HERSHEY — One by one Friday, in the tradition of PIAA state championship teams, Chrissie Doogan would drape a gold medal around the neck of each of her players.
For each, she had a hug.
For each, she had a smile.
For each, she had pride.
For each, she had gratitude.
Then, the girls basketball coach at Cardinal O’Hara came to the final player in line, and that’s when the video board high above the Giant Center revealed that she had just a little bit more.
“We did it,” she told her daughter, Maggie Doogan. “I love you, Maggie.”
The Lions did plenty during the season, during the postseason, and finally in the Class 5A championship game, a 42-19 triumph over Chartiers Valley. In the process, they would be the first team in the generations-deep tradition of O’Hara girls basketball excellence to win both the Catholic League championship and a state championship. And even if some of the most glorious Lions teams – including the one Chrissie played on as a senior in 1993 – were not yet PIAA members, the 2022 Lions were high among the best.
But in a different way than whatever O’Hara did in that season to remember, there was what Chrissie and Maggie had experienced together, a four-year run of challenges and championships that began long, long before the trip to Hershey.
“I love O’Hara,” said Maggie, who scored 12 points and collected eight rebounds in the championship game. “Whenever I figured out what O’Hara was, that’s when I wanted to go there.”
When was that?
“It was when I was 5 years old,” she said.
The younger Doogan understood what O’Hara was because her mother made sure of that, years before she agreed to return to her alma mater as the head coach. She understood that O’Hara was thriving in girls basketball for more than 50 years, and that there would always be a responsibility of the current players to extend the tradition.
“I would go to the summer camp at Carroll when I was like 5 or 6,” Maggie said. “And she was like, ‘Do you really want to go to Carroll’s camp? Don’t you want to come to our camp?’ So I said, ‘There’s an O’Hara camp? That’s where I want to go.’”
Chrissie laughed at that story.
“In my defense, the O’Hara gym was being renovated at that time,” she said. “So that was our only option for camps.”
Whether at O’Hara or Carroll, Maggie was well-conditioned as a basketball player, and that was on display Friday as the Lions won their second consecutive state championship.
“I am super proud of her,” Chrissie said. “She set goals for herself and she put a lot of pressure on herself during the year. I would find her, not in tears, but really nervous sometimes. I would tell her, ‘Mags, a state championship or a Catholic League championship won’t define you. Where you started to where you have gotten is really remarkable.’ And I am just proud of her and all the seniors, and how far they’ve come.”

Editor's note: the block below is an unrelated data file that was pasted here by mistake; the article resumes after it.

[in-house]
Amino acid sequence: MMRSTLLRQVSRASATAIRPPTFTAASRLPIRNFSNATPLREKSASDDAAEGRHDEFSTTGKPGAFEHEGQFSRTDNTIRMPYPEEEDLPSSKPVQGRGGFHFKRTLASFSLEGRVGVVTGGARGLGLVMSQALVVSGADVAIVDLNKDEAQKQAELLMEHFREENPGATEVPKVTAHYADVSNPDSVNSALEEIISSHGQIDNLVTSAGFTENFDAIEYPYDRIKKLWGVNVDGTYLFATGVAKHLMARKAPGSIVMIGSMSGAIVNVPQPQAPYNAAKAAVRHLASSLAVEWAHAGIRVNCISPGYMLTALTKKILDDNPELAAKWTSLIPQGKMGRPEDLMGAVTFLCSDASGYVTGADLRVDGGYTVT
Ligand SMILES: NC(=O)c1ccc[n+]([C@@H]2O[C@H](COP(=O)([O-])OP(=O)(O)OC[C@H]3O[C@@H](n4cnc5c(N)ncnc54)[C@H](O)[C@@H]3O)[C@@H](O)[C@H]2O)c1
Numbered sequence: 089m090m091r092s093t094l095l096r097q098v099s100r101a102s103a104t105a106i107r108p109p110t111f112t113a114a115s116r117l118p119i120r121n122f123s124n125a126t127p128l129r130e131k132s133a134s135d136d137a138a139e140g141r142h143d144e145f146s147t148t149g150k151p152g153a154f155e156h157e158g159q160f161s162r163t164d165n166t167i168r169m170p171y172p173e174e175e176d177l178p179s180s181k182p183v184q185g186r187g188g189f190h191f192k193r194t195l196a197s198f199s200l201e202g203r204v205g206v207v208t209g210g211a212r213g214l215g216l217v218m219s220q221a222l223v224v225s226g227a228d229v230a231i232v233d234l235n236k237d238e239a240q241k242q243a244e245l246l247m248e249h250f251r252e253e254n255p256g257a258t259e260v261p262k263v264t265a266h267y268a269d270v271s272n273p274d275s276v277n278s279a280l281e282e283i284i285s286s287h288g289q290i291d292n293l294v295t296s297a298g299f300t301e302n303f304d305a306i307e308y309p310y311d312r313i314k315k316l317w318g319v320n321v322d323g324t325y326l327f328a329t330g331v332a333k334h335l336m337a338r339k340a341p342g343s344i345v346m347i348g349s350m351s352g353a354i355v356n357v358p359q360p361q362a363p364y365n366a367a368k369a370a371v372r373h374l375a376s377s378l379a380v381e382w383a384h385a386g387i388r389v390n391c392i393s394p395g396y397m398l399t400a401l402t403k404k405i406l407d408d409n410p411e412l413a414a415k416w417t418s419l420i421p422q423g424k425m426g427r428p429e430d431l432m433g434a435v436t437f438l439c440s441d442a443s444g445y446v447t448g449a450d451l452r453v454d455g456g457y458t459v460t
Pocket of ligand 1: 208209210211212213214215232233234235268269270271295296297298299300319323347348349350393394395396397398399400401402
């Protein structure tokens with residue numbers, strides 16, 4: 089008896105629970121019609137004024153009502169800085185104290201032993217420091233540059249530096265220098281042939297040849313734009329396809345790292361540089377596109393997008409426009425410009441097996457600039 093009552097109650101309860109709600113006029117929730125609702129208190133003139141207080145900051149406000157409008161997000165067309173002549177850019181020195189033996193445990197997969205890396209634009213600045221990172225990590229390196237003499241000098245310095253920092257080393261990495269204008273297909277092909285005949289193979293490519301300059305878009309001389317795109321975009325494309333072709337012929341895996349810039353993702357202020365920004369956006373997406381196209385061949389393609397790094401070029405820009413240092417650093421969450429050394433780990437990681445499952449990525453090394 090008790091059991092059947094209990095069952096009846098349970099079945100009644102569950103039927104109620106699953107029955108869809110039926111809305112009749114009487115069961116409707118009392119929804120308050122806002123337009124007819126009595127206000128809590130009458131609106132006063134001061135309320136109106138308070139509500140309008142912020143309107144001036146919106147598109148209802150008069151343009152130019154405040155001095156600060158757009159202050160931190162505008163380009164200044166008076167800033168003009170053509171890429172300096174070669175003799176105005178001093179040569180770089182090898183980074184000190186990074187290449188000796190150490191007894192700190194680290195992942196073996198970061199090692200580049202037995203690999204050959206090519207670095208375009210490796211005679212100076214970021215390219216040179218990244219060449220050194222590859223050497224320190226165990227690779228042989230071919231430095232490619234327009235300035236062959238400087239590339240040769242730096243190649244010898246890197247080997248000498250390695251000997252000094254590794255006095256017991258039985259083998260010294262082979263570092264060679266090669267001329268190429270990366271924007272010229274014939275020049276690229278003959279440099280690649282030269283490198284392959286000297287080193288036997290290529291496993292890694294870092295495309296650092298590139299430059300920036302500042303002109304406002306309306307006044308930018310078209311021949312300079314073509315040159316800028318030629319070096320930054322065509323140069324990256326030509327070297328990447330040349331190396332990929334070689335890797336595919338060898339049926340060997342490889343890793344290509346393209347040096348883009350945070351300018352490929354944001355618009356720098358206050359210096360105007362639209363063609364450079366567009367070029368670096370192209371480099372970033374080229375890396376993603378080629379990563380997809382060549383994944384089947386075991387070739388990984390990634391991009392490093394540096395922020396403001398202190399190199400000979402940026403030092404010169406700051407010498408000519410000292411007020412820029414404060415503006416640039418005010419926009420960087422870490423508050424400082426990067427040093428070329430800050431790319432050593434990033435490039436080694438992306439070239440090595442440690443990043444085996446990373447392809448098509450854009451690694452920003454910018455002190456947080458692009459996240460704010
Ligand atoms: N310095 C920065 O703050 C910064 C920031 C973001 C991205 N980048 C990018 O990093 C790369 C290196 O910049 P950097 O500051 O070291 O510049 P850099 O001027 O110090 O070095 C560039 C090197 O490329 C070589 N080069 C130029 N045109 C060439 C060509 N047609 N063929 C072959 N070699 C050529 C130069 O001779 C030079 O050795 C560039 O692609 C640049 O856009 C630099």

While O’Hara won with relative ease Friday, the journey was not uncomplicated. As a freshman, Maggie did not start, her mother keeping the same rule for every player: Playing time would be earned, not inherited. By her junior year, Maggie was the Daily Times Player of the Year. By her senior year, she was as much a legend as any to have played at O’Hara.
“It was an unbelievable ride,” Maggie said. “Coming into my freshman year, I wasn’t really good. It took me a while to grow into my body and kind of develop. But I wouldn’t have wanted to do it anywhere but at O’Hara. The coaches have been good to me. My teammates have been good to me.
“I am really lucky to be a part of such a great program.”
Technically, she will always be a part of the O’Hara program, a couple of state championship banners hanging in that renovated gym shouting out her story. But there was a finality to the last quarter of the game Friday, when Maggie and Chrissie were aware that it would be the last time they would be sharing the O’Hara bench.
“Crazy,” Maggie said. “It was a blink of the eye.”
That’s how it seemed. Sometimes.
“Well, it went a lot faster than that fourth quarter tonight,” Chrissie said. “I kept looking at the clock and saying, ‘Come on, move.’ But, yeah. It did go by fast.”
Next season, Maggie will play for the University of Richmond, while Chrissie will continue to maintain the winning O’Hara tradition. Already, she has her eye on a particular talent: Sixth-grader Catie Doogan, her younger daughter.
“Nine-thirty tomorrow morning, she has an AAU game,” Chrissie said. “I will be there.”
It will seem early. But, as Chrissie and Maggie Doogan were reminded Friday, it’s worth the ride.
Contact Jack McCaffery at firstname.lastname@example.org
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